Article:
The tube came out and she had no problem breathing. Thank you Jesus! Oxygen was given to transition her to room air and she tolerated it all well. We spoke with several doctors and they felt confident that she could be moved to the 4th floor to be monitored. We could put her in "normal clothes" and even go to the playroom later if she tolerated the transition. K also underwent an EEG to take a look at her brain waves. She passed with flying colors. Neurology assessed her and said that there was no need to even follow up.

During our 4th floor stay we met some of the most amazing nurses, students, residents, and attending doctors. We took part in morning rounds and were so grateful to be included in the decisions of her healthcare plan. Of course, miss K, loved meeting new people too. She smiled and waved at just about everyone she met. We know that our little girl is incredible, and we think that they thought so too! She loved her wagon and car rides around the floor and enjoyed her time with mommy in the playroom. We stayed with her each night and one of us was always there by her side. I have to admit that as the day was winding down, when she slept cuddled next to me, I felt incredibly grateful for time with just her and I. Every moment I took in like the first. In the busyness of life, I am reminded to slow down, and treasure each day as we really don't know what when will be our last.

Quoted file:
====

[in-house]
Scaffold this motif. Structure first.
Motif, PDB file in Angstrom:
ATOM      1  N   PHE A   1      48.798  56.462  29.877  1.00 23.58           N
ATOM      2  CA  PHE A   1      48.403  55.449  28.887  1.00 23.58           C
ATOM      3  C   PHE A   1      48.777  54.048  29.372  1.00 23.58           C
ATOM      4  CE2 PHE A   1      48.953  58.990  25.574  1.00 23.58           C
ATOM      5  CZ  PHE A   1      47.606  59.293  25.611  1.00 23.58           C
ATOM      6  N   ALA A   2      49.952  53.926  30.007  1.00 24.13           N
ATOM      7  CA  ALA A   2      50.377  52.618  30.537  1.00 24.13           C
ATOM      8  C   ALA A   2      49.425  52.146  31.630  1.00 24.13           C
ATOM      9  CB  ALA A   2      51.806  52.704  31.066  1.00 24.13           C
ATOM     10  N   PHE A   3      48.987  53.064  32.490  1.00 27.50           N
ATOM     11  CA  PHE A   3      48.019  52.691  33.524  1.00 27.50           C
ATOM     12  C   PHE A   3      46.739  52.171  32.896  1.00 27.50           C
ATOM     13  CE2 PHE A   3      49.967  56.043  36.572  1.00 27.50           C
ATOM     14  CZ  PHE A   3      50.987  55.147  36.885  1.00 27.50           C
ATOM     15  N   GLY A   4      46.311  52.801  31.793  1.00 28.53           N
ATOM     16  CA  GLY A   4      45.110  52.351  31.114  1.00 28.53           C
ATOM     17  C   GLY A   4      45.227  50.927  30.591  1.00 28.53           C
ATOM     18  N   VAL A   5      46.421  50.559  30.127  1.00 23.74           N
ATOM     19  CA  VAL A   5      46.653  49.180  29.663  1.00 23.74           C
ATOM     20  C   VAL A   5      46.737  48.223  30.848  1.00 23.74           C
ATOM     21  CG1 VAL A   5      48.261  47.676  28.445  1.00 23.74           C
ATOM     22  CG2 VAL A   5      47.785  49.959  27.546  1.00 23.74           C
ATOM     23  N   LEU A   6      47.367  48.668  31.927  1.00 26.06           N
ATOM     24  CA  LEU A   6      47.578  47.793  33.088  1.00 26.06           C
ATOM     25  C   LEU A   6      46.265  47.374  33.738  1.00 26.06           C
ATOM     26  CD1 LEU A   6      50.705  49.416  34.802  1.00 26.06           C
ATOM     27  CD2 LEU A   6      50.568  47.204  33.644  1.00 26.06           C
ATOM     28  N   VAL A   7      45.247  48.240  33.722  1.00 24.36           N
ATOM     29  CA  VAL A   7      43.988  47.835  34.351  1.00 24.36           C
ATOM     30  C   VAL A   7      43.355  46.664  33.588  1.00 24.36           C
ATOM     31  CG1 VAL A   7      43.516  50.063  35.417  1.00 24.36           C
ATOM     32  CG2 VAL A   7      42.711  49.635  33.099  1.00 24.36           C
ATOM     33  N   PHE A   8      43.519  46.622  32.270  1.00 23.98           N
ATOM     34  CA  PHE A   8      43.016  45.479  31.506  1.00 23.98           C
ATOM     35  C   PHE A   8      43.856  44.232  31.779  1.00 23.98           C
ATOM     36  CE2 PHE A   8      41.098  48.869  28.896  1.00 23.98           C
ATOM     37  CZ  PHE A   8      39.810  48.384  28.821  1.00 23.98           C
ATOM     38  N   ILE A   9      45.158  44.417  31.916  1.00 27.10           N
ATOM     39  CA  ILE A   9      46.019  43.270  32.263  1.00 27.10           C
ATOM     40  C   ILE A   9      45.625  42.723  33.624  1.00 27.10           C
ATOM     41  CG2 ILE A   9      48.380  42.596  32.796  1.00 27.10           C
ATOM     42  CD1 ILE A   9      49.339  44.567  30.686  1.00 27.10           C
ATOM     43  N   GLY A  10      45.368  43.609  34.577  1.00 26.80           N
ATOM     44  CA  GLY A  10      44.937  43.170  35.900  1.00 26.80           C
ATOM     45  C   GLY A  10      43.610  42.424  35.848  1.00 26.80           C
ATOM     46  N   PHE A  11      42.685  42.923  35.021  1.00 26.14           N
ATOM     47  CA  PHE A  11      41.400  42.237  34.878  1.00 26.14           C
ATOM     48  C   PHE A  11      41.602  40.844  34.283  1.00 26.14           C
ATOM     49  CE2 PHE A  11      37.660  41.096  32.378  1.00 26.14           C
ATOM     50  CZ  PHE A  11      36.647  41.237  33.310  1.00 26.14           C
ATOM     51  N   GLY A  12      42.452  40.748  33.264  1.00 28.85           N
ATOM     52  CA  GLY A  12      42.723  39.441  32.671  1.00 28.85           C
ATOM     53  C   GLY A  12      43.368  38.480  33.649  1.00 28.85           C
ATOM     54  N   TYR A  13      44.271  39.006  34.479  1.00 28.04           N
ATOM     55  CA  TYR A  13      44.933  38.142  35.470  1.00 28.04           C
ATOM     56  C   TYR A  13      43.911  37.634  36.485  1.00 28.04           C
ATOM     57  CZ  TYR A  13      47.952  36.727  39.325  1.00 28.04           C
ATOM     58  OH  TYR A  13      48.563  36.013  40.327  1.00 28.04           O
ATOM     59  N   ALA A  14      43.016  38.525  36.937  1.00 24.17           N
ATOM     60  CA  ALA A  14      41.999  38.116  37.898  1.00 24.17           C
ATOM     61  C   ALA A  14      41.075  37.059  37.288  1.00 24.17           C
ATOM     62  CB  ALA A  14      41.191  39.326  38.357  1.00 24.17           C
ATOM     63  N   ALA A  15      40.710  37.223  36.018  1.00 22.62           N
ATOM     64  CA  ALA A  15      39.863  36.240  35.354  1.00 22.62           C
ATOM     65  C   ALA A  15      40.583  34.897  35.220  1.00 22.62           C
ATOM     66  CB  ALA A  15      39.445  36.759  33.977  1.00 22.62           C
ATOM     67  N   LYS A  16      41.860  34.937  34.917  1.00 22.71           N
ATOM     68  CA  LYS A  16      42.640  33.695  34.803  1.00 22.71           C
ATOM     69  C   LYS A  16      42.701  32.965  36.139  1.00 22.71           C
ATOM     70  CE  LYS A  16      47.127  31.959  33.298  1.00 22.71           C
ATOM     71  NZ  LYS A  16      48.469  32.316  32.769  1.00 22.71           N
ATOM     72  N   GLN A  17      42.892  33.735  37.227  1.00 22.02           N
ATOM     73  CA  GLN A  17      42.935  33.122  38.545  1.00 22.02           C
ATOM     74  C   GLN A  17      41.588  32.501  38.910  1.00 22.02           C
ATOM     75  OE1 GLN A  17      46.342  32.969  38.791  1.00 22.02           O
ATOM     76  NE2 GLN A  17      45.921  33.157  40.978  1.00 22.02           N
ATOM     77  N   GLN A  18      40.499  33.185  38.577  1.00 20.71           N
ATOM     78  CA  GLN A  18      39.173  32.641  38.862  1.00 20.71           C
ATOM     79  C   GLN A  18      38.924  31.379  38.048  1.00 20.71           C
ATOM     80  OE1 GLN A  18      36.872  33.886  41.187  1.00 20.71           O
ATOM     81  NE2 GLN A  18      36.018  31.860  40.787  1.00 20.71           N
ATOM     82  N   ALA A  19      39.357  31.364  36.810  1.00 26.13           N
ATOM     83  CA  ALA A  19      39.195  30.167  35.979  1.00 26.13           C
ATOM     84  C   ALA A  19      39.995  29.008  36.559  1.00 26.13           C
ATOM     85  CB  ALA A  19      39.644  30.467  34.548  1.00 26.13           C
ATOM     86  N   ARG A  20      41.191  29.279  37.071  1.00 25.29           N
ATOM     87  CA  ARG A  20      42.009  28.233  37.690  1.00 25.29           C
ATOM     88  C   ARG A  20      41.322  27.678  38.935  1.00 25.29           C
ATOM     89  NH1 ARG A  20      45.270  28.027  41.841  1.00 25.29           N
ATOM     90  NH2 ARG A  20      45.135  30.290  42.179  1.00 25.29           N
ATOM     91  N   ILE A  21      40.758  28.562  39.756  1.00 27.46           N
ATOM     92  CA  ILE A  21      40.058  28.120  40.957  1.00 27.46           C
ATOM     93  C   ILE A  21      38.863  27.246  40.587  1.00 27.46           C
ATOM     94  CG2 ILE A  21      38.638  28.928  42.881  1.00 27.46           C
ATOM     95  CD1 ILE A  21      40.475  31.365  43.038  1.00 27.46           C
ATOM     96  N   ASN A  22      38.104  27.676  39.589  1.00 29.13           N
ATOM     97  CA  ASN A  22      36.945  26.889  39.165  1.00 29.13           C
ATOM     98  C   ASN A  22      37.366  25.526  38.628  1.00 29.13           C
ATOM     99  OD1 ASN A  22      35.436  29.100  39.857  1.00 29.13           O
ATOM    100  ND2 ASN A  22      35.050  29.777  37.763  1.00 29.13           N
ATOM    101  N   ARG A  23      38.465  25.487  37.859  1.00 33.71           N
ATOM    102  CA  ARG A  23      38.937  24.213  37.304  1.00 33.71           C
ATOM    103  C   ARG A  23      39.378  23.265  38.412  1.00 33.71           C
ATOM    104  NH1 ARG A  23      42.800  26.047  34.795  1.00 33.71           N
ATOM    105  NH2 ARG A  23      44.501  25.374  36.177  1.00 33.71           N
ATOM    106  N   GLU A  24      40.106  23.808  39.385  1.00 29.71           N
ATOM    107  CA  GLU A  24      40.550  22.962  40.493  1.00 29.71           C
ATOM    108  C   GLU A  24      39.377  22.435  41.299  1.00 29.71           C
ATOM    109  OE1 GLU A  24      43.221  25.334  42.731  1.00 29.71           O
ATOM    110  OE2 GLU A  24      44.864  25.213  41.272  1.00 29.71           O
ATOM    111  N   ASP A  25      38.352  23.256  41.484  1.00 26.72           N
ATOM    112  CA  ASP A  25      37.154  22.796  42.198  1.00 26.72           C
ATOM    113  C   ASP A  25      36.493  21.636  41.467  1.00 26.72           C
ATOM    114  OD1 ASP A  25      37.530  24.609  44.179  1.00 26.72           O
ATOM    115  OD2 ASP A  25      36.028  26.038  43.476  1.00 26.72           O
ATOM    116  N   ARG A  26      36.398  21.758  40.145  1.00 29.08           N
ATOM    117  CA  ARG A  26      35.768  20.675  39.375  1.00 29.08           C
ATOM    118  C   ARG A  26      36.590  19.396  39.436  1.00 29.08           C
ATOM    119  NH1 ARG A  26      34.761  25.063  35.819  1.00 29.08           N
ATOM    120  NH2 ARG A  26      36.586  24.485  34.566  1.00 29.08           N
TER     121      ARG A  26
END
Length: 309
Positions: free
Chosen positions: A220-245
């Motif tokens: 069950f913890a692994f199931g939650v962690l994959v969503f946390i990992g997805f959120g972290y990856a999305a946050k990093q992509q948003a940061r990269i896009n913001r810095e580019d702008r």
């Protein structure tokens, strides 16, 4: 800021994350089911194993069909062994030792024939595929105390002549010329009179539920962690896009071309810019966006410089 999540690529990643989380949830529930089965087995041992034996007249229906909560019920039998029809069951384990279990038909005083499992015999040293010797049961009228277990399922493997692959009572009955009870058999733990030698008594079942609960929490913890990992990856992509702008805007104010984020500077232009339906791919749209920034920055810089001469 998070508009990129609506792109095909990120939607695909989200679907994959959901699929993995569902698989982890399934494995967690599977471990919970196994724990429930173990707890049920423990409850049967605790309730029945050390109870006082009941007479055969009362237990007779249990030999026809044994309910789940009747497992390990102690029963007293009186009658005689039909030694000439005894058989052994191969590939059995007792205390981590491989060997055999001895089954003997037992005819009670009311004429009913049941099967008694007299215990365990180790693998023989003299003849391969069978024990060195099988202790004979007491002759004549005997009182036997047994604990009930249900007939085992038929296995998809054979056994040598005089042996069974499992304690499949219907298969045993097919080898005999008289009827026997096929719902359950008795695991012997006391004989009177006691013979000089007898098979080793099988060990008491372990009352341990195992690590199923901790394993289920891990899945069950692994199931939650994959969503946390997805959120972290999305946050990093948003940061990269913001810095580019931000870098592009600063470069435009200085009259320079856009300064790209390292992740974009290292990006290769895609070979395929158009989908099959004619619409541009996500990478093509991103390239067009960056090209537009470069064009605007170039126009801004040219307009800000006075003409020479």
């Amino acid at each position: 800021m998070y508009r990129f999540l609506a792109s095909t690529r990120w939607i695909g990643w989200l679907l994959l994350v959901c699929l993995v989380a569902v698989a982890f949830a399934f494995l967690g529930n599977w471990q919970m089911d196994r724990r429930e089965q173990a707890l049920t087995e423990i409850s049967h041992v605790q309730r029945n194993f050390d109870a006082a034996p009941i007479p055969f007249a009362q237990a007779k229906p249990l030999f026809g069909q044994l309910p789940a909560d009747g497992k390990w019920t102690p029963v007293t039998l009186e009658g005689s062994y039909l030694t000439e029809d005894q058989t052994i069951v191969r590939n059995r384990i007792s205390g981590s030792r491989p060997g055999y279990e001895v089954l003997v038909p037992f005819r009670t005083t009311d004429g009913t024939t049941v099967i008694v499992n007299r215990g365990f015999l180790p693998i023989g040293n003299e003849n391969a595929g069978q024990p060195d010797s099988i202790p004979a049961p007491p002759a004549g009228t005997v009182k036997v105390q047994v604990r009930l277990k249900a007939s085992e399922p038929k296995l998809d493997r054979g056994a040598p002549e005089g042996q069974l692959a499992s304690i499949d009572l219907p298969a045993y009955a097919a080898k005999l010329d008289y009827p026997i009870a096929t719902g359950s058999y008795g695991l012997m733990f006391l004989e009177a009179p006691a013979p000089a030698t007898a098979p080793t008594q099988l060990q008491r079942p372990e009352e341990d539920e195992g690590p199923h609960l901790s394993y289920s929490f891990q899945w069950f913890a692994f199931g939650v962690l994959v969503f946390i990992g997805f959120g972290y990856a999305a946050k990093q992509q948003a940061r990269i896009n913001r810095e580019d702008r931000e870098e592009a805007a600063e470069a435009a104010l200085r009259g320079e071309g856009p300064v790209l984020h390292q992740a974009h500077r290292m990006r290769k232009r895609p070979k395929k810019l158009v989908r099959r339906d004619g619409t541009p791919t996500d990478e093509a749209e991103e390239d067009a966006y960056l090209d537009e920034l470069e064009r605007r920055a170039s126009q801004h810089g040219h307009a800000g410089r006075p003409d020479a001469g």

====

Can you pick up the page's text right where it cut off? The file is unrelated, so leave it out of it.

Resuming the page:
Gia (my mom) flew in on Easter to help watch the boys at home. Our sweet little boys came to the hospital to love on K and she really delighted in their company. We spent Easter together as a family in her room. We joked about how many holidays that we've spent in the hospital. We can't count the times that we brought daddy dinner on a holiday during residency. Nothing planned or perfect to us. But beautiful it was together as a family.